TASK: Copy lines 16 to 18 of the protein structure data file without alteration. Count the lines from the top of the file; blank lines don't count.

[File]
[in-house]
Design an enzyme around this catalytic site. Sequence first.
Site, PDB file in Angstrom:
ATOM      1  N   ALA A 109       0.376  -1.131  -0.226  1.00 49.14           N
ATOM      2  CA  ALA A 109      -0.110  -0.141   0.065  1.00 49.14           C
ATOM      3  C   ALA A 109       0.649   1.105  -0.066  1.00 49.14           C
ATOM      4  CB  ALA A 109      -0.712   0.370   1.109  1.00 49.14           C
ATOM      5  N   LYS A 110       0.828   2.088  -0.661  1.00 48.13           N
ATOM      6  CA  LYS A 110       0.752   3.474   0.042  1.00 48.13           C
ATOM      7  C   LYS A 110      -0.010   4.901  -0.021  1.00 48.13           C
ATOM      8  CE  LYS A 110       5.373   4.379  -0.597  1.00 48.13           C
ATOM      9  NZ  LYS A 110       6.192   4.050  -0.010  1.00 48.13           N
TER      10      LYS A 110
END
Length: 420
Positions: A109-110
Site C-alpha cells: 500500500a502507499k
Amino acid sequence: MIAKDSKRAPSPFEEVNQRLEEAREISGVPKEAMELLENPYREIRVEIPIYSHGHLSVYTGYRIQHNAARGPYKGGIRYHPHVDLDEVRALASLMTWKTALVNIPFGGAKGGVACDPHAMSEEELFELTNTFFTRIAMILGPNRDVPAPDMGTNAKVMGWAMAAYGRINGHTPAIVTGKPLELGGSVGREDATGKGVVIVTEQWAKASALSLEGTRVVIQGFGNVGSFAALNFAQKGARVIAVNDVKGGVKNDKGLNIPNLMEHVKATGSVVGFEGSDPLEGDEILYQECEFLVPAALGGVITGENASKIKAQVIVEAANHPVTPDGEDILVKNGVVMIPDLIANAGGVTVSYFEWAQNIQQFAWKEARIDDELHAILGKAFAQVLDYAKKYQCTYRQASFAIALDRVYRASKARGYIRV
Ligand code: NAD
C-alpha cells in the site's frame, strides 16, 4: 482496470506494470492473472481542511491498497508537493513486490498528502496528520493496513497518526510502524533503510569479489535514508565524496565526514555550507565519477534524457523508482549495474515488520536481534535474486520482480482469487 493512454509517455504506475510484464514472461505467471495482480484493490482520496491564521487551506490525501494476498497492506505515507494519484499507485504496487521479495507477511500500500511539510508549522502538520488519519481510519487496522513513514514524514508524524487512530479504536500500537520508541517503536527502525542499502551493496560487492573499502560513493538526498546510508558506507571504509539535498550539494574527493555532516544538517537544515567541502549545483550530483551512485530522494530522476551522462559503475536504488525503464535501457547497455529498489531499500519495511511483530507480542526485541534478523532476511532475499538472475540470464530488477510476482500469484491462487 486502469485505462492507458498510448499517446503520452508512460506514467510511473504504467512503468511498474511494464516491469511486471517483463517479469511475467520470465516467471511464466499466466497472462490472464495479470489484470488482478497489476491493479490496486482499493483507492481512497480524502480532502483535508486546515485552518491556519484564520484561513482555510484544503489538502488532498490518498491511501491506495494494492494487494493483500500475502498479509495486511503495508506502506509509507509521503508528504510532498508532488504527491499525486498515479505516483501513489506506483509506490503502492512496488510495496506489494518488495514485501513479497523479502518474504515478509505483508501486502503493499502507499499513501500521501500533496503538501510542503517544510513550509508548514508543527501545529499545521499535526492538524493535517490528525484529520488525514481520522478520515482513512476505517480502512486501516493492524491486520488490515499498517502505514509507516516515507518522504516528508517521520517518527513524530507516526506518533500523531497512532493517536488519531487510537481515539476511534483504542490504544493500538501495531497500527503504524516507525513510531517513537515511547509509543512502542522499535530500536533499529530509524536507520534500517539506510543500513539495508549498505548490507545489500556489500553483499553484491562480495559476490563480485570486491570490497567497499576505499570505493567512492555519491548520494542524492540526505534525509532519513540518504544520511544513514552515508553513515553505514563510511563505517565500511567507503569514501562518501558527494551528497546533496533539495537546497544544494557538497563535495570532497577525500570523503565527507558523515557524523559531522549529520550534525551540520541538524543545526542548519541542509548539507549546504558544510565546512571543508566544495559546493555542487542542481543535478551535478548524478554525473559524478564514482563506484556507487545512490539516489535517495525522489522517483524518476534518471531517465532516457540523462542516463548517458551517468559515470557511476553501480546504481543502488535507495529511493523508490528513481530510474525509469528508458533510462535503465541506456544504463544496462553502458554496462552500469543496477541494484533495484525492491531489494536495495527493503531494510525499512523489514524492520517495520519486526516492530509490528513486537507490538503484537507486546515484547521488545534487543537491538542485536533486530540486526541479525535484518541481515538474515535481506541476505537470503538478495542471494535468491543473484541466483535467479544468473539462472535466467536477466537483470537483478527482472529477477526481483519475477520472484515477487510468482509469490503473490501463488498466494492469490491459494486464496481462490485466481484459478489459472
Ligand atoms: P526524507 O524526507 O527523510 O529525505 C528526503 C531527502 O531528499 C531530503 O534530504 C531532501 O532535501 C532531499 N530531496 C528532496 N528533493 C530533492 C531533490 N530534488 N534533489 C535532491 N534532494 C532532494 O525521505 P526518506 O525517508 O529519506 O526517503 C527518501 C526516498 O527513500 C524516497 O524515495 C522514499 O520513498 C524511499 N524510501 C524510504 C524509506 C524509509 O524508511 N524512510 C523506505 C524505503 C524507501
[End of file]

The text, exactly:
Positions: A109-110
Site C-alpha cells: 500500500a502507499k
Amino acid sequence: MIAKDSKRAPSPFEEVNQRLEEAREISGVPKEAMELLENPYREIRVEIPIYSHGHLSVYTGYRIQHNAARGPYKGGIRYHPHVDLDEVRALASLMTWKTALVNIPFGGAKGGVACDPHAMSEEELFELTNTFFTRIAMILGPNRDVPAPDMGTNAKVMGWAMAAYGRINGHTPAIVTGKPLELGGSVGREDATGKGVVIVTEQWAKASALSLEGTRVVIQGFGNVGSFAALNFAQKGARVIAVNDVKGGVKNDKGLNIPNLMEHVKATGSVVGFEGSDPLEGDEILYQECEFLVPAALGGVITGENASKIKAQVIVEAANHPVTPDGEDILVKNGVVMIPDLIANAGGVTVSYFEWAQNIQQFAWKEARIDDELHAILGKAFAQVLDYAKKYQCTYRQASFAIALDRVYRASKARGYIRV